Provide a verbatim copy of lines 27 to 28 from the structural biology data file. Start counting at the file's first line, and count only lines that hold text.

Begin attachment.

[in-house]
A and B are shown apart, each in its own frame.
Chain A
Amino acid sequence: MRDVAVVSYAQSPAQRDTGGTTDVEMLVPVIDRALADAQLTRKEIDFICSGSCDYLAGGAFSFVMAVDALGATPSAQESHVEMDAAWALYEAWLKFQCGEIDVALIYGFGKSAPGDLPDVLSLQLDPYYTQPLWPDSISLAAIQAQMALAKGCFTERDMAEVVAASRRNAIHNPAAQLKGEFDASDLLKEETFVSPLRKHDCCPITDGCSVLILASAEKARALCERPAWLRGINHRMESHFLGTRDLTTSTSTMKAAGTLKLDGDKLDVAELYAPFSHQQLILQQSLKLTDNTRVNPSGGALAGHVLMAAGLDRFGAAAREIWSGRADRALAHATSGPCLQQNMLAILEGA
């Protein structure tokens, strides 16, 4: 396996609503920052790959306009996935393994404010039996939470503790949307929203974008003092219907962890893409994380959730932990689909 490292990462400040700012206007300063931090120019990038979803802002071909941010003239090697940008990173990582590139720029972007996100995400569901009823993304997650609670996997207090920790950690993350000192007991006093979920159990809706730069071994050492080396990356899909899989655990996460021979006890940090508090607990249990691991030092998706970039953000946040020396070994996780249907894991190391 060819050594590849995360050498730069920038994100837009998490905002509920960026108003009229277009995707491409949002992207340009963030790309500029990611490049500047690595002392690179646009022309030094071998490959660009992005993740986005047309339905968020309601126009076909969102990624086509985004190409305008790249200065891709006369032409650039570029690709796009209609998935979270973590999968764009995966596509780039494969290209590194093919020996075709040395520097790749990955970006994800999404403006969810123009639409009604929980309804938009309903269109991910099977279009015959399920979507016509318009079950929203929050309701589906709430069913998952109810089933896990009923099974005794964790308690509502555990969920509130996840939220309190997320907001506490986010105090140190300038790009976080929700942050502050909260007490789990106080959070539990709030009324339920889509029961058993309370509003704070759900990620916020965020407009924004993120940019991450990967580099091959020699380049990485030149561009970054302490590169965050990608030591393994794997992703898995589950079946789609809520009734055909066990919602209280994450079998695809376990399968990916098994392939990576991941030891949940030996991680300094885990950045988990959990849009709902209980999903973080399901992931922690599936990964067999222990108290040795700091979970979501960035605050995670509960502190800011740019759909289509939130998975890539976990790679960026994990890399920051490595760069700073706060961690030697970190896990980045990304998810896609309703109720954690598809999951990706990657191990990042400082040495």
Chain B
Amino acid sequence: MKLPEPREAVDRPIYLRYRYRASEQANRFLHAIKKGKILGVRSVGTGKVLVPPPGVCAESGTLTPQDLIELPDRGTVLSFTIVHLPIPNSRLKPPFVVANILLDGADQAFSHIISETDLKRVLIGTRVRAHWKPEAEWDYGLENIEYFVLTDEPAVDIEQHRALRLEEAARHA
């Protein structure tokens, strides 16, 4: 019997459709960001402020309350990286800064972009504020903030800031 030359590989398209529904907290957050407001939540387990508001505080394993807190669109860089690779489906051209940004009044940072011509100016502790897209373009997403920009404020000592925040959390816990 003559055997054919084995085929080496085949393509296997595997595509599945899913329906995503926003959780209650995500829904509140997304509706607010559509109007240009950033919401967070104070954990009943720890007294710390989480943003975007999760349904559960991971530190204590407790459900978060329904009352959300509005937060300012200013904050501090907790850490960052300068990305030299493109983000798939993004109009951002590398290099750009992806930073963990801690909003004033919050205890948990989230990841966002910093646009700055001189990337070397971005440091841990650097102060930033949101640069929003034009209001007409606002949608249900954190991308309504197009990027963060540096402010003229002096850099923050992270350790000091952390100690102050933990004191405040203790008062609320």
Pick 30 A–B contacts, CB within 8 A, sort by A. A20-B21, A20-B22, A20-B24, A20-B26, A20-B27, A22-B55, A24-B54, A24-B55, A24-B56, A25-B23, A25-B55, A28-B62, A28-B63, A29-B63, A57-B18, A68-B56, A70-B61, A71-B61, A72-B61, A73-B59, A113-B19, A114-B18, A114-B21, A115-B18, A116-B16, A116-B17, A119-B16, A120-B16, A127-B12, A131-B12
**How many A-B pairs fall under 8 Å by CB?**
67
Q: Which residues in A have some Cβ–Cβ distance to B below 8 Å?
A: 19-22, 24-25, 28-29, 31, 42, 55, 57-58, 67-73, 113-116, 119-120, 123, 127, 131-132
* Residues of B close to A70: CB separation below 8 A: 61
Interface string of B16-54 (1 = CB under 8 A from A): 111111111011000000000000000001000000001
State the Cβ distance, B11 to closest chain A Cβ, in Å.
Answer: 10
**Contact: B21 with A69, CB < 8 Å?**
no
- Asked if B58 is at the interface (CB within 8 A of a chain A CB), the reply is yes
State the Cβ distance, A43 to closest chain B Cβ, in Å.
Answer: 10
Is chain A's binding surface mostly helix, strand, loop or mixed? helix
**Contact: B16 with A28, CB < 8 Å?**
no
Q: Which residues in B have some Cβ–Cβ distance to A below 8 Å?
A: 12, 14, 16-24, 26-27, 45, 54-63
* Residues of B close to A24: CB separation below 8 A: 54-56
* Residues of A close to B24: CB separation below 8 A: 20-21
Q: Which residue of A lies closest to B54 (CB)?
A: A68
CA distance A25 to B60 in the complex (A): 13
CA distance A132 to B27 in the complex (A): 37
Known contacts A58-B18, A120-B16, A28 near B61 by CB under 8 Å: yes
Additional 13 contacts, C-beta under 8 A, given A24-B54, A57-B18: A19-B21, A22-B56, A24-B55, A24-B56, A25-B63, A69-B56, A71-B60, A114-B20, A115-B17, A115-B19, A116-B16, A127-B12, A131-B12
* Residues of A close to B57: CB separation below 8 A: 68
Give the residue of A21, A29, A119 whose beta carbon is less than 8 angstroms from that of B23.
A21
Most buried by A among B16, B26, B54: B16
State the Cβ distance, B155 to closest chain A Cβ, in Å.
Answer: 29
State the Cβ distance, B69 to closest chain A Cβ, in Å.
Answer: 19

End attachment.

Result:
A: 12, 14, 16-24, 26-27, 45, 54-63
* Residues of B close to A24: CB separation below 8 A: 54-56